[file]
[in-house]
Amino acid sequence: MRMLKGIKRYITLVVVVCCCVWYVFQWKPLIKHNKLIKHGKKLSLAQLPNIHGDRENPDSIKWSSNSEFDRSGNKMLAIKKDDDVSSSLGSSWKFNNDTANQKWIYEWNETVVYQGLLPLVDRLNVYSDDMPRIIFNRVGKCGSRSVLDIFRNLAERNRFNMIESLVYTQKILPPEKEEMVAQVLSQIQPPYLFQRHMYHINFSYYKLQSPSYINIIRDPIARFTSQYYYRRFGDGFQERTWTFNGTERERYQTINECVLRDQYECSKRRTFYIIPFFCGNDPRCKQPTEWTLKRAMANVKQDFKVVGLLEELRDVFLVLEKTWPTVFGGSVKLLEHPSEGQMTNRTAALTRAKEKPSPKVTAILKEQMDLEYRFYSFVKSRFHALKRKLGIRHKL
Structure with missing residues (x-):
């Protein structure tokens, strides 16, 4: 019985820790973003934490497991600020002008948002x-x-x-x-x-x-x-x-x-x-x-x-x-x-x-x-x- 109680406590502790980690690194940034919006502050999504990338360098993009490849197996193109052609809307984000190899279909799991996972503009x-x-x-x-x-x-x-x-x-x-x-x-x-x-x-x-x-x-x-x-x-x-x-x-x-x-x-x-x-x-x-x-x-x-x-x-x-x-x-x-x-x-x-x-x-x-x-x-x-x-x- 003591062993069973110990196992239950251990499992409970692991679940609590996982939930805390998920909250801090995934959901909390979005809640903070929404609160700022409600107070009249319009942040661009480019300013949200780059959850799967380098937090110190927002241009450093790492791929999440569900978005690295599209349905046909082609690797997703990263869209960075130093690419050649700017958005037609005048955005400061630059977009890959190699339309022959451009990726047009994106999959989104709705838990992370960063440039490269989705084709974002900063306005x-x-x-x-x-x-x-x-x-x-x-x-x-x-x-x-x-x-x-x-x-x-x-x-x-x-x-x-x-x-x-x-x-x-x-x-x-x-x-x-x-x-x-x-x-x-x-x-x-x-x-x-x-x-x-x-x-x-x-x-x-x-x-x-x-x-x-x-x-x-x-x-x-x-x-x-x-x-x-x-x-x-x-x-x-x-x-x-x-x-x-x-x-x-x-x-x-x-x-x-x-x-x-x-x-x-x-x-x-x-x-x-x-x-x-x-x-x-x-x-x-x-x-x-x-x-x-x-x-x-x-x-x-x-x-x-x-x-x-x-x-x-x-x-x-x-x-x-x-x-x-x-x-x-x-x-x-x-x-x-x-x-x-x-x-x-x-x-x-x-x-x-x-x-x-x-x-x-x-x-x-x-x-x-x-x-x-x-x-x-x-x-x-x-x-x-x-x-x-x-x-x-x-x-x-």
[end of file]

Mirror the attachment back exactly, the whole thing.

[in-house]
Amino acid sequence: MRMLKGIKRYITLVVVVCCCVWYVFQWKPLIKHNKLIKHGKKLSLAQLPNIHGDRENPDSIKWSSNSEFDRSGNKMLAIKKDDDVSSSLGSSWKFNNDTANQKWIYEWNETVVYQGLLPLVDRLNVYSDDMPRIIFNRVGKCGSRSVLDIFRNLAERNRFNMIESLVYTQKILPPEKEEMVAQVLSQIQPPYLFQRHMYHINFSYYKLQSPSYINIIRDPIARFTSQYYYRRFGDGFQERTWTFNGTERERYQTINECVLRDQYECSKRRTFYIIPFFCGNDPRCKQPTEWTLKRAMANVKQDFKVVGLLEELRDVFLVLEKTWPTVFGGSVKLLEHPSEGQMTNRTAALTRAKEKPSPKVTAILKEQMDLEYRFYSFVKSRFHALKRKLGIRHKL
Structure with missing residues (x-):
């Protein structure tokens, strides 16, 4: 019985820790973003934490497991600020002008948002x-x-x-x-x-x-x-x-x-x-x-x-x-x-x-x-x- 109680406590502790980690690194940034919006502050999504990338360098993009490849197996193109052609809307984000190899279909799991996972503009x-x-x-x-x-x-x-x-x-x-x-x-x-x-x-x-x-x-x-x-x-x-x-x-x-x-x-x-x-x-x-x-x-x-x-x-x-x-x-x-x-x-x-x-x-x-x-x-x-x-x- 003591062993069973110990196992239950251990499992409970692991679940609590996982939930805390998920909250801090995934959901909390979005809640903070929404609160700022409600107070009249319009942040661009480019300013949200780059959850799967380098937090110190927002241009450093790492791929999440569900978005690295599209349905046909082609690797997703990263869209960075130093690419050649700017958005037609005048955005400061630059977009890959190699339309022959451009990726047009994106999959989104709705838990992370960063440039490269989705084709974002900063306005x-x-x-x-x-x-x-x-x-x-x-x-x-x-x-x-x-x-x-x-x-x-x-x-x-x-x-x-x-x-x-x-x-x-x-x-x-x-x-x-x-x-x-x-x-x-x-x-x-x-x-x-x-x-x-x-x-x-x-x-x-x-x-x-x-x-x-x-x-x-x-x-x-x-x-x-x-x-x-x-x-x-x-x-x-x-x-x-x-x-x-x-x-x-x-x-x-x-x-x-x-x-x-x-x-x-x-x-x-x-x-x-x-x-x-x-x-x-x-x-x-x-x-x-x-x-x-x-x-x-x-x-x-x-x-x-x-x-x-x-x-x-x-x-x-x-x-x-x-x-x-x-x-x-x-x-x-x-x-x-x-x-x-x-x-x-x-x-x-x-x-x-x-x-x-x-x-x-x-x-x-x-x-x-x-x-x-x-x-x-x-x-x-x-x-x-x-x-x-x-x-x-x-x-x-």